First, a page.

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Ask Nigel Woodhead what life has been like since winning the FMG Young Farmer of the Year title and he says - "to be frank, it's been crazy''.
Last year was a hectic one: not only did he juggle farming with studying - which paid off when he won the title - but he also married his partner Leanne.
There had barely been time to catch a breath and another milestone lay ahead this year, as the South Otago couple were now expecting their first child.
Mr Woodhead, who farms sheep and beef at Milton, grew up watching the Young Farmer of the Year contest on television. As a youngster, he recalled a desire to be "one of those guys on stage''.
After completing a bachelor of agricultural science degree, he worked at Midlands Seeds in Ashburton for five years.
While in Mid Canterbury, he joined Pendarves Young Farmers Club and, when he returned south to lease the family farm, he joined Toko Young Farmers.
He acknowledged last year's grand final was a "blur''. Contestants were put under huge pressure for the three-day event, both physical and mental, and he had learned a lot about himself.
It was a once-in-a-lifetime experience, during which he was buoyed by having the biggest, loudest support crew among the competitors.
When he qualified for the grand final, Mr Woodhead said he wanted to lay claim to that - as he was coming from the furthest distance - and it turned into reality.
Leanne Woodhead "got stuck in and rallied the troops'' and organised special T-shirts for the supporters.
"It was really heartening, when you're really battling away, having 25 people standing on the sideline screaming at you,'' he said.
Mrs Woodhead was "number one whip cracker'' and he was also immensely grateful for the support of friend and fellow Young Farmer Olivia Ross.
Miss Ross carried Mr Woodhead's bags during the competition and that was a very deliberate choice.
He knew that if he got into a bad space then she would snap him out of it - and she proved to be "awesome''.
Being involved with the competition had been a great experience and also a real eye-opener, with exposure to a "whole lot of different things'' that he otherwise would not have been.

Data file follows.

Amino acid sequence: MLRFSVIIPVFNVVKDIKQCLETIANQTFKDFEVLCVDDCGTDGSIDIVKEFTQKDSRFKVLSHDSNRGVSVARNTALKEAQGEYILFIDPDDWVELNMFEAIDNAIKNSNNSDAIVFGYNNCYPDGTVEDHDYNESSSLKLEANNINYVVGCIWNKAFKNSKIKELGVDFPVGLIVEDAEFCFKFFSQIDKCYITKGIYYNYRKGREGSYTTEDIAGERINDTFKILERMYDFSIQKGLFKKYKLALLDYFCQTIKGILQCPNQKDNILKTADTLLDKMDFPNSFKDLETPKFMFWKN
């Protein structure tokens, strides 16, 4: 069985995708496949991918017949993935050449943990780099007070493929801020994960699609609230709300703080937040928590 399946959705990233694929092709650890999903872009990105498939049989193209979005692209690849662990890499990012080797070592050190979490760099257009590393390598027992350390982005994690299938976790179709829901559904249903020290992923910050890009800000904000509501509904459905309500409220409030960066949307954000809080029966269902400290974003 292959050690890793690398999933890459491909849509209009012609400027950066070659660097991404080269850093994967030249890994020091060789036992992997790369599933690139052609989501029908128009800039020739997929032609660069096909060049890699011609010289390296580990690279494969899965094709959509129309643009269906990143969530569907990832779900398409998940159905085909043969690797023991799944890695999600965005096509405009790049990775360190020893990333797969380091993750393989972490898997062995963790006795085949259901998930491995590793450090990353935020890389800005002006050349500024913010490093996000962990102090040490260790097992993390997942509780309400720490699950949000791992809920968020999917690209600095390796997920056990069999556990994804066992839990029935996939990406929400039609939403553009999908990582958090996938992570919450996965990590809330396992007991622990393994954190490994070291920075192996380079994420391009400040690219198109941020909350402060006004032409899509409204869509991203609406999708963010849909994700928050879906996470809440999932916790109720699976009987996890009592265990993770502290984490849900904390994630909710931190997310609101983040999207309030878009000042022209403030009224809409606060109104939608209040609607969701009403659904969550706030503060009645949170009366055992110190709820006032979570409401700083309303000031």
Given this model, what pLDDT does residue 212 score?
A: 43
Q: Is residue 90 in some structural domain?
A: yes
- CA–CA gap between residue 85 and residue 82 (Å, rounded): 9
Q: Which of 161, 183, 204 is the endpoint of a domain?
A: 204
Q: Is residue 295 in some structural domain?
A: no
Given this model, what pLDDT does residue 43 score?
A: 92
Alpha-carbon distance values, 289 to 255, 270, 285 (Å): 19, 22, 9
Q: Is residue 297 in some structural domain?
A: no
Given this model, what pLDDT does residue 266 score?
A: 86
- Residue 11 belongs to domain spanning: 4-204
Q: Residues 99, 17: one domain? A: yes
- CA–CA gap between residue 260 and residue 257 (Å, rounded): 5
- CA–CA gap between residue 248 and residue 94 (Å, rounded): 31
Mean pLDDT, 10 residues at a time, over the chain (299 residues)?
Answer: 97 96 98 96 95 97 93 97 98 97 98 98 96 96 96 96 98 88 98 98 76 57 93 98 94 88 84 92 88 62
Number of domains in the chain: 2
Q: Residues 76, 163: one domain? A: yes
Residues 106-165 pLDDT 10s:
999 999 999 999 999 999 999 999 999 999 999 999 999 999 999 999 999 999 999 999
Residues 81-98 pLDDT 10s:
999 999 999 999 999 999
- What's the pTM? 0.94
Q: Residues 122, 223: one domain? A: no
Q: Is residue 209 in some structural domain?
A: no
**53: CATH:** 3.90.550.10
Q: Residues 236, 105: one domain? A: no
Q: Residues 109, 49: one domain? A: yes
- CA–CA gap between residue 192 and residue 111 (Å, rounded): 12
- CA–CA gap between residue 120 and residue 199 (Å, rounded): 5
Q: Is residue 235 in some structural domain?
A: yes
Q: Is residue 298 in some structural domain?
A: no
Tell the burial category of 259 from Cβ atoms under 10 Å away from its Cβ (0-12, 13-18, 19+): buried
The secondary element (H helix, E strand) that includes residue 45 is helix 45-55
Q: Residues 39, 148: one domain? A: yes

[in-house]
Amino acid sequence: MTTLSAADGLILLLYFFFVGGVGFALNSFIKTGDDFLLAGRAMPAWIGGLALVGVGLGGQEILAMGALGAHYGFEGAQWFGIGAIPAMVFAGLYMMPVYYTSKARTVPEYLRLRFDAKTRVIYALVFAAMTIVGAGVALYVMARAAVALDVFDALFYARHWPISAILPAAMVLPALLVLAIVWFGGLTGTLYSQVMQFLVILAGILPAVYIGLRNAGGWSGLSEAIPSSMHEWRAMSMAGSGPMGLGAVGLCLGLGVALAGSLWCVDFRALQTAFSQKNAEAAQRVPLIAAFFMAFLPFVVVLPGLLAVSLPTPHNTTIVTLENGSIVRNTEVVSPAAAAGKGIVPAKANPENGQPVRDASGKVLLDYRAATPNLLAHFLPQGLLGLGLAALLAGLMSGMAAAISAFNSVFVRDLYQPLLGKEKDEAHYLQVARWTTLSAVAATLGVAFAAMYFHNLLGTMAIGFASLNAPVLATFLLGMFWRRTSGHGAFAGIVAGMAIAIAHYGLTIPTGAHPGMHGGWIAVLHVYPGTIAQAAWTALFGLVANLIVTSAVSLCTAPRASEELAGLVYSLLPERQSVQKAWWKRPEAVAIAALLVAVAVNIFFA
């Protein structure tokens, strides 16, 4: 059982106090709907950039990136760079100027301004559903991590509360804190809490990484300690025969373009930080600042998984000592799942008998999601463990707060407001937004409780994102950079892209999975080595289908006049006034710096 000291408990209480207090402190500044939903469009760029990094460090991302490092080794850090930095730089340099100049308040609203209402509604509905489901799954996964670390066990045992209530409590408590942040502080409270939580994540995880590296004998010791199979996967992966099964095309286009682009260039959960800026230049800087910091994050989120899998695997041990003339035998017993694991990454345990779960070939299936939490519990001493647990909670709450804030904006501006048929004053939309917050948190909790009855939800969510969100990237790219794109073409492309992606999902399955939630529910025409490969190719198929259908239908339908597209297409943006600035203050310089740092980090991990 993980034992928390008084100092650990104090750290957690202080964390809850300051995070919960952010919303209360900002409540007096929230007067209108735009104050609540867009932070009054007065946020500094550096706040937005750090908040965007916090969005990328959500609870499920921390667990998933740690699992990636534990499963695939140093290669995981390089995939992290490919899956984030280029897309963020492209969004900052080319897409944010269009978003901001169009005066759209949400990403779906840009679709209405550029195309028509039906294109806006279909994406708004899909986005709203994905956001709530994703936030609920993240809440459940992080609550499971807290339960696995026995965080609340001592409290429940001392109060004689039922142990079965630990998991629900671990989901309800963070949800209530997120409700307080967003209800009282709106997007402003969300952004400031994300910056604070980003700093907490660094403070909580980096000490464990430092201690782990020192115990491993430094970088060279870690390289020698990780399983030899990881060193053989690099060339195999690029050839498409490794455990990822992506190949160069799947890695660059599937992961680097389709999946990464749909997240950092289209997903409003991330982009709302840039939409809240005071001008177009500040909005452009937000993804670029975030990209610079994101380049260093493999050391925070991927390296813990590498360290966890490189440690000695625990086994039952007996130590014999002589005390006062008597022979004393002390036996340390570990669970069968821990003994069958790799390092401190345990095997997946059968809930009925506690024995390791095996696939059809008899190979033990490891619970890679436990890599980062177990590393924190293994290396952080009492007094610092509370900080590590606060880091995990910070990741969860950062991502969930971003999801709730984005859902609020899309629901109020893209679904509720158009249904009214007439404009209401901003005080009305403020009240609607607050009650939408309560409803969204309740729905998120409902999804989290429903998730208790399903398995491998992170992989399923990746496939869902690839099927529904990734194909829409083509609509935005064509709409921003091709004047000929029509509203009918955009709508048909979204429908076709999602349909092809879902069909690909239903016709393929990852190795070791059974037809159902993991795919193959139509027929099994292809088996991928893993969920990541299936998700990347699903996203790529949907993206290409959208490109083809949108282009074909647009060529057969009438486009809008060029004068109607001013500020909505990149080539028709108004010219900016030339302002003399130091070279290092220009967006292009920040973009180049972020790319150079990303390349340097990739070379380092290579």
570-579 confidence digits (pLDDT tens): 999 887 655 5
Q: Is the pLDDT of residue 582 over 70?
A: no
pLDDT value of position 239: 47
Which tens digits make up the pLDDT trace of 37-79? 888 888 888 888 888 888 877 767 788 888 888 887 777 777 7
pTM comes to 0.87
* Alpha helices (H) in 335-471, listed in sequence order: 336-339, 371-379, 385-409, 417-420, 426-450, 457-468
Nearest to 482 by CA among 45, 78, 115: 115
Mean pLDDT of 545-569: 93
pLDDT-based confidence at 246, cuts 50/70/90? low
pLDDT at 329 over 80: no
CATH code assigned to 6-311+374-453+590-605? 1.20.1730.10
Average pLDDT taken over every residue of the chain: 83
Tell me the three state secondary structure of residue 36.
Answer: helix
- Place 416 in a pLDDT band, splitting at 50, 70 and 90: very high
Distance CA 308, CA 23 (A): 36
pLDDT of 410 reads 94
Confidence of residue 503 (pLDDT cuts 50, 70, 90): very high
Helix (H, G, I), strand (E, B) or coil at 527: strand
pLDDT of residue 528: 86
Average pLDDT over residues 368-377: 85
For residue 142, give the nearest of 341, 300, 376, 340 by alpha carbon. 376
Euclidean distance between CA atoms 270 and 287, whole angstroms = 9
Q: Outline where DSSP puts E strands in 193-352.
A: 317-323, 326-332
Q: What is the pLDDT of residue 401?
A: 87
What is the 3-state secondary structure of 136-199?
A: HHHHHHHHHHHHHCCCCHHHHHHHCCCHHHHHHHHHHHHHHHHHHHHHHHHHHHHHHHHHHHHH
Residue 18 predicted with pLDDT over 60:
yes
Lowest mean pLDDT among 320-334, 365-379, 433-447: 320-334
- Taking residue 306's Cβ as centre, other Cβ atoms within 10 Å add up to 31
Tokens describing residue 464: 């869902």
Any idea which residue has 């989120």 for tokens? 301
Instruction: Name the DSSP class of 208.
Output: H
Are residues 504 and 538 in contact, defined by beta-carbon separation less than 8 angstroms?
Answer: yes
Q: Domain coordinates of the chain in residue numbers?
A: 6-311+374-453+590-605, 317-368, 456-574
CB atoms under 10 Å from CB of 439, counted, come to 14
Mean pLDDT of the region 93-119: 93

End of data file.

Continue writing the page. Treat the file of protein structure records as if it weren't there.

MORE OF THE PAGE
That included being invited to plough at the New Zealand Ploughing Championships at Thornbury in Southland next month.
Coincidentally, Mrs Woodhead's father Danie represented Zimbabwe at the world ploughing championships, including competing in the World Ploughing Contest in Outram in 1994, and ploughing matches were a big part of her childhood. He was thrilled about his son-in-law's foray into ploughing.
Mr Woodhead described his ploughing skills as "all right'' - he had done quite a bit of ploughing in Canterbury - but it would be "a wee bit different'' and he was really excited about it.
Those involved were very passionate about it and keen to get some more young farmers involved, he said.
Then there was the Young Farmer of the Year grand final in Invercargill, which also doubled as the 50th anniversary of the event.
While he definitely would not be as stressed as last year, he would still be kept reasonably busy during the event.
The previous year's winner was a "taxi driver'' for the competitors, so his job was to "get them where they need to be on time''.
Young Farmers continues to play a major role in the Woodhead household. Mr Woodhead is treasurer of the Toko club and Otago-Southland regional treasurer, while Mrs Woodhead is Otago-Southland territory manager.
He was looking to take a step back however, and let some other young people take on some responsibilities.
Asked the benefits of joining Young Farmers, Mr Woodhead said "the people you meet and the experiences you get from just being involved in a group of good buggers''.
It was a great networking opportunity and to meet so many awesome people and do some cool things, he said.
And, there was "something for everyone''. If you wanted to wander to a meeting once a month, enjoy a beer and catch up with mates, that was fine; there was also something for those that really wanted to "get stuck in'' and be involved in leadership and governance, he said.
As far as his own passion for the agricultural sector and farming, he enjoyed being outside and being his own boss.
While he was working for the seed company, he was always wishing he was "the guy that he was talking to.''
He had wanted to be a farmer since he was a youngster.
"I suppose it's just being outside and producing the product. We're producing lamb and beef and things for international markets. It's pretty cool being in charge of that.''
Asked what his message was to urban New Zealanders, Mr Woodhead said farmers loved what they did - if they didn't then they would not do it - and producing food was a tough way to make a living and a tough job to do.
"We're just trying to do the best for the environment and for our animals and ourselves and our families.
"Someone needs to produce the food,'' he said.
In the short-term, Mr Woodhead wanted to get his farm "humming''. He was still very much learning and he wanted to get it performing to where it could be.
He and his wife did not often get a chance to work together, as she was so busy doing her Young Farmers work and she also had a small design business. But it was great that she was doing things that she loved, he said.
Eventually, Mr Woodhead was keen to get involved in leadership and governance in the agricultural sector.